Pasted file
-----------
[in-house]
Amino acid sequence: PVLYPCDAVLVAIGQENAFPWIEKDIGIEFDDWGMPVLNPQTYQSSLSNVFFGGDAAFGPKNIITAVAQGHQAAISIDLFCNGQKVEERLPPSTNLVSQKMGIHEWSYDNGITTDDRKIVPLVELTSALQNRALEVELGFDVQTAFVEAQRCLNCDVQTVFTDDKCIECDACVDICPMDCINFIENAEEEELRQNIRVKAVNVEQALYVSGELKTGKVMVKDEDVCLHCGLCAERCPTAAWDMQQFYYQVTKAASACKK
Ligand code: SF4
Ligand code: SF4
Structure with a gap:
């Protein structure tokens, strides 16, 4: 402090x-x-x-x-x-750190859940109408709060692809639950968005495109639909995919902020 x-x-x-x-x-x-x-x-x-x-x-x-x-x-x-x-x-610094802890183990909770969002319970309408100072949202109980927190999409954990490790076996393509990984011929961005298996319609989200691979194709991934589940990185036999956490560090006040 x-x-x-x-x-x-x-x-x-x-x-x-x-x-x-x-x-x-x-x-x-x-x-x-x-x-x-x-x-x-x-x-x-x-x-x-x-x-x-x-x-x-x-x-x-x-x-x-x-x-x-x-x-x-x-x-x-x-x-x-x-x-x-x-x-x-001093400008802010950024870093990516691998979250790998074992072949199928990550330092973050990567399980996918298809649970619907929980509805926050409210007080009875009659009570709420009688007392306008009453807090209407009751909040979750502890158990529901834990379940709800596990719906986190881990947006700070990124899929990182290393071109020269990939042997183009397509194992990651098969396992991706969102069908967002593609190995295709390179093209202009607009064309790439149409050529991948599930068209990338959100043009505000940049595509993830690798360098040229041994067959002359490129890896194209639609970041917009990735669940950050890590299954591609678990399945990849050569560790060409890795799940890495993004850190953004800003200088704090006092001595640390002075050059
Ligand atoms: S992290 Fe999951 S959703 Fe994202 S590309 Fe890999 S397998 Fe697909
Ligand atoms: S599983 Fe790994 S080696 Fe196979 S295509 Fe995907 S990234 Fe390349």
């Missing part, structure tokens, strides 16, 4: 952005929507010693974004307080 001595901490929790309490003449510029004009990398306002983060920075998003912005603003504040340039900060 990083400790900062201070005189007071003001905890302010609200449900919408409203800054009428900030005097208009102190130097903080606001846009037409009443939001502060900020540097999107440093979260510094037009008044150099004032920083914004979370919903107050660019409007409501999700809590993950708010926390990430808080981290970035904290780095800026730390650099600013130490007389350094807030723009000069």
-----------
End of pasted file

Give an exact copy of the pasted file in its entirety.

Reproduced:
[in-house]
Amino acid sequence: PVLYPCDAVLVAIGQENAFPWIEKDIGIEFDDWGMPVLNPQTYQSSLSNVFFGGDAAFGPKNIITAVAQGHQAAISIDLFCNGQKVEERLPPSTNLVSQKMGIHEWSYDNGITTDDRKIVPLVELTSALQNRALEVELGFDVQTAFVEAQRCLNCDVQTVFTDDKCIECDACVDICPMDCINFIENAEEEELRQNIRVKAVNVEQALYVSGELKTGKVMVKDEDVCLHCGLCAERCPTAAWDMQQFYYQVTKAASACKK
Ligand code: SF4
Ligand code: SF4
Structure with a gap:
């Protein structure tokens, strides 16, 4: 402090x-x-x-x-x-750190859940109408709060692809639950968005495109639909995919902020 x-x-x-x-x-x-x-x-x-x-x-x-x-x-x-x-x-610094802890183990909770969002319970309408100072949202109980927190999409954990490790076996393509990984011929961005298996319609989200691979194709991934589940990185036999956490560090006040 x-x-x-x-x-x-x-x-x-x-x-x-x-x-x-x-x-x-x-x-x-x-x-x-x-x-x-x-x-x-x-x-x-x-x-x-x-x-x-x-x-x-x-x-x-x-x-x-x-x-x-x-x-x-x-x-x-x-x-x-x-x-x-x-x-x-001093400008802010950024870093990516691998979250790998074992072949199928990550330092973050990567399980996918298809649970619907929980509805926050409210007080009875009659009570709420009688007392306008009453807090209407009751909040979750502890158990529901834990379940709800596990719906986190881990947006700070990124899929990182290393071109020269990939042997183009397509194992990651098969396992991706969102069908967002593609190995295709390179093209202009607009064309790439149409050529991948599930068209990338959100043009505000940049595509993830690798360098040229041994067959002359490129890896194209639609970041917009990735669940950050890590299954591609678990399945990849050569560790060409890795799940890495993004850190953004800003200088704090006092001595640390002075050059
Ligand atoms: S992290 Fe999951 S959703 Fe994202 S590309 Fe890999 S397998 Fe697909
Ligand atoms: S599983 Fe790994 S080696 Fe196979 S295509 Fe995907 S990234 Fe390349």
């Missing part, structure tokens, strides 16, 4: 952005929507010693974004307080 001595901490929790309490003449510029004009990398306002983060920075998003912005603003504040340039900060 990083400790900062201070005189007071003001905890302010609200449900919408409203800054009428900030005097208009102190130097903080606001846009037409009443939001502060900020540097999107440093979260510094037009008044150099004032920083914004979370919903107050660019409007409501999700809590993950708010926390990430808080981290970035904290780095800026730390650099600013130490007389350094807030723009000069």